Why use the modified Delphi?
  • Basically focus groups can be problematic
  • Members can skew the responses by influencing group dynamics
Delphi and modified delphi is also sometimes knows as quick consultancy

A useful brief account of the technique can be found in A Handbook of Techniques for Formative Evaluation By Judith W. George, John Cowan
  • It is possible to run it in either entirely remotely with deadlines on the voting and responses
  • Or to run it partly electronically and partly face to face, where you do the setup electronically, but then go through the consultation in a group in a fairly short time. 
  • Its a very efficient approach to get a good volume of evaluation data
Also worth considering - Nominal Group Technique - see wikipedia entry as a starting point

I plan to put some more info on my blog elaborating ways to use the approach, which will include a growing set of refs. You may also want to look at the TELUSS project

I would be interested in a student project to develop a tool to manage all the stages of the process of a modified delphi technique

Rich Learning Environments - what do they mean

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This post revisits some of the discussions from previous posts which looked at a definition of rich learning environments
I would like to set it in the context of changes which continue to take place as the use of technology in everyday life.

My previous post Rich Learning Environments laid out a basic framework for our emerging understanding of the needs and behaviours of existing students and learners.

What is in the background?

Affordances Perspective

Any discussion of technology for learning to my mind has to start with Gaver and a consideration of what (not necessarily intended) consequences the presence, use and availability

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Affordances of Web 2.0 and the Social Web

Another reference point of which we can usefully be aware, was the definition of Web2.0 which O' Reilly initially addressed at conferences, workshops and through blog publications - and which was subsequently published

What is interesting here is that we can think about Rich Learning Environments as realising all of the core features which O'Reilly associates with Web2.0

• the web as a platform

• you control your own data

• services not packaged software

• architecture of participation

• cost-effective scalability

• re-mixable data source and data transformations

• software above the level of a single device

• harnessing collective intelligence

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A little bit of Education

A recent interesting view which has been developed by school teacher Andrew Church in New Zealand, is an eduationalist's perspective ( termed 'Bloom's Digital Taxonomy' ) which considers the impact or affordances of technology which have recently come into use.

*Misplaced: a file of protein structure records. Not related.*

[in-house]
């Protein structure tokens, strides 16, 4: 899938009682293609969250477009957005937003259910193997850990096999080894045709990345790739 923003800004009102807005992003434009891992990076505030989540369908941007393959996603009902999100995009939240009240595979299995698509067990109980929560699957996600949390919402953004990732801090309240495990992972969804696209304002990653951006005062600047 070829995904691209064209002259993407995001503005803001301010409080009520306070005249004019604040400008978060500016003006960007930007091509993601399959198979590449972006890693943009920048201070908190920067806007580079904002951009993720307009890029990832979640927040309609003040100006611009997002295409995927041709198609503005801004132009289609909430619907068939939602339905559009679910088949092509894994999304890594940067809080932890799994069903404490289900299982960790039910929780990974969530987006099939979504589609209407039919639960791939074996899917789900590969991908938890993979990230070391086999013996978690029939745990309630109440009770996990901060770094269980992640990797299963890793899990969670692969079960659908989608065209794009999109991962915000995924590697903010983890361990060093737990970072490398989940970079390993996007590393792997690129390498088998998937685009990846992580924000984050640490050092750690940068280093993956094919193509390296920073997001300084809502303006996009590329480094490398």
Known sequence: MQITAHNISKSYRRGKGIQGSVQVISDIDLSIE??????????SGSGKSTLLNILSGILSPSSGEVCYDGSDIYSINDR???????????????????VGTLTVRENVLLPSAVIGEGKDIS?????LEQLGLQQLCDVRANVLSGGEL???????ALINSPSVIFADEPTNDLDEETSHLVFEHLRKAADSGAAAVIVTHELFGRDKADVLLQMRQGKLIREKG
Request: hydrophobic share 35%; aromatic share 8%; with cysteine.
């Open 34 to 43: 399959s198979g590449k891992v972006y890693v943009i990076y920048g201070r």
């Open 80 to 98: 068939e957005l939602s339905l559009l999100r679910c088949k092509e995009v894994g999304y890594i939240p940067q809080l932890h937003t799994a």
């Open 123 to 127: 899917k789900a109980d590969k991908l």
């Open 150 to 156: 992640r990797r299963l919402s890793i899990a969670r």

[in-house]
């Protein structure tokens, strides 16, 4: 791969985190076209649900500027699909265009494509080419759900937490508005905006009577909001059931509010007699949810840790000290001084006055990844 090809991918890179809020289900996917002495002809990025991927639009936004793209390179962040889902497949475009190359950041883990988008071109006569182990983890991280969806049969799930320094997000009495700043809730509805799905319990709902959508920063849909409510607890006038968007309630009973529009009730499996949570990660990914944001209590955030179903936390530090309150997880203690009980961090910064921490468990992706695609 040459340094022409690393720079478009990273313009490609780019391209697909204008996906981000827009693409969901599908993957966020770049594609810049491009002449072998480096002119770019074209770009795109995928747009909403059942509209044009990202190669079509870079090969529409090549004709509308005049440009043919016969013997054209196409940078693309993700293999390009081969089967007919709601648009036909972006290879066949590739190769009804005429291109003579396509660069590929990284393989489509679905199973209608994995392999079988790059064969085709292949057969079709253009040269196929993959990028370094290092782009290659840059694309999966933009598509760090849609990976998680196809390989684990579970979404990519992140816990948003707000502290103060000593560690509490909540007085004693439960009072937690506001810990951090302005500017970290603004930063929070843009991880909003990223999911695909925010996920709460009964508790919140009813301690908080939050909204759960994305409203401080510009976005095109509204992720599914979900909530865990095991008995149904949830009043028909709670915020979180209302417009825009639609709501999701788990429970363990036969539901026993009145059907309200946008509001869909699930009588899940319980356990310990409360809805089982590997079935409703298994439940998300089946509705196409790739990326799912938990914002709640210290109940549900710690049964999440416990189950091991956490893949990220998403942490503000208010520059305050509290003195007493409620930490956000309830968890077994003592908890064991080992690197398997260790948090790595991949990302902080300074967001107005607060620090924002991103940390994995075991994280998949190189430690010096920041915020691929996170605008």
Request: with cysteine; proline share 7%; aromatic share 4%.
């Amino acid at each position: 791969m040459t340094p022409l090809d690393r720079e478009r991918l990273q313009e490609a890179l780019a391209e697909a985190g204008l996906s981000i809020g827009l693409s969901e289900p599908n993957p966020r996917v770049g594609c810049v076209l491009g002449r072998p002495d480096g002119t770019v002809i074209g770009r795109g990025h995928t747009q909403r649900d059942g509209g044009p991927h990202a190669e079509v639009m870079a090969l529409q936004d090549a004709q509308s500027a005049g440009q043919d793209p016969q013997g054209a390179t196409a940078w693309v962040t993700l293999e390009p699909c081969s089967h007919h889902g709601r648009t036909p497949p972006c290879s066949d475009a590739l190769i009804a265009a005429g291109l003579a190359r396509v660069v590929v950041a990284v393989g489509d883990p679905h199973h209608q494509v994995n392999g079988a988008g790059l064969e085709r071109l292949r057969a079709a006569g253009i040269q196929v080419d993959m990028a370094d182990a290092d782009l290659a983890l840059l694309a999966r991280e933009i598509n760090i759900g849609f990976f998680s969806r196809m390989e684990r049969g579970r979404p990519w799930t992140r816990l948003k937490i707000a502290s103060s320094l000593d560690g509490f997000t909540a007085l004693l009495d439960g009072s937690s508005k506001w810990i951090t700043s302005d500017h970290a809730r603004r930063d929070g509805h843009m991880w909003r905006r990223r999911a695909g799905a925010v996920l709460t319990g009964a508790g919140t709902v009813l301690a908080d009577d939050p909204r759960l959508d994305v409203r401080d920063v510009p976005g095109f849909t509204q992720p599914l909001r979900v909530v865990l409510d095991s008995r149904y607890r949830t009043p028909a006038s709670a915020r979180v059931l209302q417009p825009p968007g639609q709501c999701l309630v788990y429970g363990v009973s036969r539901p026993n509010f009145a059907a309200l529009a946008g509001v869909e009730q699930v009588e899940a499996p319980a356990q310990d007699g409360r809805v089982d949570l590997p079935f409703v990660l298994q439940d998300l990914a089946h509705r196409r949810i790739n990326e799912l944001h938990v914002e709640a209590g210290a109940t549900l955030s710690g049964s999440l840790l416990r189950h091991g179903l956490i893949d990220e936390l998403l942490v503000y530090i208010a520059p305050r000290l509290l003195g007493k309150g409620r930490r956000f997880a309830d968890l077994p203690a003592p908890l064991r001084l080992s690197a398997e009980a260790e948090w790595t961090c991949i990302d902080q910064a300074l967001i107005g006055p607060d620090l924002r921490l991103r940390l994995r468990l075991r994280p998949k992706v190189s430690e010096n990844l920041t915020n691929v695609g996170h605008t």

GAVER, W. W. (1991) Technology affordances. Proceedings of the SIGCHI conference on Human factors in computing systems: Reaching through technology. New Orleans, ACM Press.

GAVER, W. W. (1996) Situating Action ii: Affordances for interaction: The social is material for design. Ecological Psychology, 8111-130.

O'REILLY, T. (2005). What Is Web 2.0 – Design Patterns and Business Models for the Next Generation of Software last accessed June 2010

O'REILLY, T. ( 2007) What is Web 2.0: Design Patterns and Business Models for the Next Generation of Software. Communications & Strategies, 1: First Quarter 2007,17. last accessed June 2010

Tuesday, 8 June 2010

Visual Thinking Revisited

This is an update on my previous blog on visual literacy. For me, I think that high quality communication is key in every aspect of life, personal and professional, this post includes some thoughts, some references and some examples.

Why? 1) I'm interested in learning, and technology and change; 2) I'm active in teaching and researching learning technology and change

that means that I spend quite a lot of time thinking about what is happening, and trying to make sense of the evidence I find,
I have a set of visualisation tools I regularly use and thought it would be good to learn their proper names and actually categorise them

I was prompted to do this by a variety of experiences, but primarily one excellent resource (the periodic table of visualisation methods) and numerous bad experiences of me, my colleagues and students presenting information in unintelligible ways

Making Sense - Visualisation as a tool for thinking